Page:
Sand artist Joe Mangrum holding up summonses totaling $4, 750 in potential fines he received in Washington Square Park - and one in Union Square Park. The artists & musicians had been targeted by the city's new rule that prevents collecting donations near landmarks or monuments in parks. (Photos: Geoffrey Croft/NYC Park Advocates)
By Geoffrey Croft
The City has officially dropped issuing summonses to artists & musicians in Washington Square Park who were within 50 feet of a monument or public art installation.
Street performers had been targeted by the city's new rule that prevents collecting donations near landmarks or monuments in parks. In attempting to prohibit and restrict this activity in the park, the Bloomberg administration tried to classify these performers as vendors. The city began issuing tickets under the Parks Department's new Expressive Matter vending rules and had instructed Park Enforcement Patrol officers to write tickets which included unlawful vending and unlawful assembly.
More than a dozen tickets were either thrown out by the court or withdrawn by the Parks Department in December and January.
In February a Parks spokesperson said that 59 Notices of Violation were issued in calendar year 2011 in Washington Square Park. 23 were dismissed after a hearing, of those nine were in various states of appeal or challenge by Parks Department. The agency said that three of the appeals pertained to the performers Tic & Tac from the Bronx.
Tic and Tac from the Bronx have been performing in Washington Square Park for more than 25 years. The tickets issued to them keep getting thrown out in court.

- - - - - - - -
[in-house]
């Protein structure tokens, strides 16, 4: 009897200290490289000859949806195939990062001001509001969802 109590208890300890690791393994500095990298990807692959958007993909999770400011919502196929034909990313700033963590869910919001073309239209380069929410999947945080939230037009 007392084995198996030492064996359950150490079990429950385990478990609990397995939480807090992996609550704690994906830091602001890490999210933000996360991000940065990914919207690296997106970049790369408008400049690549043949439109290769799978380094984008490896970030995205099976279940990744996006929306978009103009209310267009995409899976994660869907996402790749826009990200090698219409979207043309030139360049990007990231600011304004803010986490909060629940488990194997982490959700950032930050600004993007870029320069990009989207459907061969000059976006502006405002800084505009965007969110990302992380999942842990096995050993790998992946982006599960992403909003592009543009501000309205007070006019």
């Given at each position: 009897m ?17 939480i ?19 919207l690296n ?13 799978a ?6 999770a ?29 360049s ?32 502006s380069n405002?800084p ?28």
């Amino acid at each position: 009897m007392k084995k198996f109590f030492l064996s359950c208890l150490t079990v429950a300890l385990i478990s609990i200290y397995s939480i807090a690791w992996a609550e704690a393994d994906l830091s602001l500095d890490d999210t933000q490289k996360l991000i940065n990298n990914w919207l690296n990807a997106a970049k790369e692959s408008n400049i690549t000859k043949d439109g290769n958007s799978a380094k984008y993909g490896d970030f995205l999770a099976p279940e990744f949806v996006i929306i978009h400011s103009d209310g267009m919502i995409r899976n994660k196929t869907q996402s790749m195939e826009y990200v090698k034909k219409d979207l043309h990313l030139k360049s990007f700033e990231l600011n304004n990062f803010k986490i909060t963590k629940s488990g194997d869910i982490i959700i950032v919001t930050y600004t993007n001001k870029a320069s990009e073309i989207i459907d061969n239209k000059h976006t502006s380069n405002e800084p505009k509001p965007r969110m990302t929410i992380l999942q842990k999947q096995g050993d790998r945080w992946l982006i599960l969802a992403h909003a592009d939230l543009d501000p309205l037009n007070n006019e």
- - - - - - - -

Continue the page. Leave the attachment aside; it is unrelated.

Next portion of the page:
The Parks Department said 9 of the tickets were administratively withdrawn by Parks, 10 were found in violation (guilty) - 10 were pending decisions after hearings, 7 are in default (respondent did not appear in court and has not paid the Notice of Violation.
Critics asserted that the enforcement was a violation of the First Amendment, the vending rules were not applicable and were being enforced arbitrarily. The rule also severely limited the areas in the park where these free speech activities could be done.
At a December hearing the ECB dismissed seven summonses issued to Collin Huggins, his remaining two tickets for "Unlawful Vending" were dismissed by the Parks Department prior to the hearing by mail. In multiple letters sent to the ECB, Assistant commissioner and head of Park Enforcement Mike Dockett admitted that the law the did not apply to Washington Square Park.
Mr. Huggins said he had also been threatened with arrest by PEP Commander Ray Brown.
The city had been in negotiations with Civil Rights attorneys Ron Kuby and Norman Siegel after a December 4, 2011 press conference.
In January we reported that the city had stopped issuing summonses after the public outcry. (The Parks press office denied it) In December the City adjourned the tickets until at least January 31st.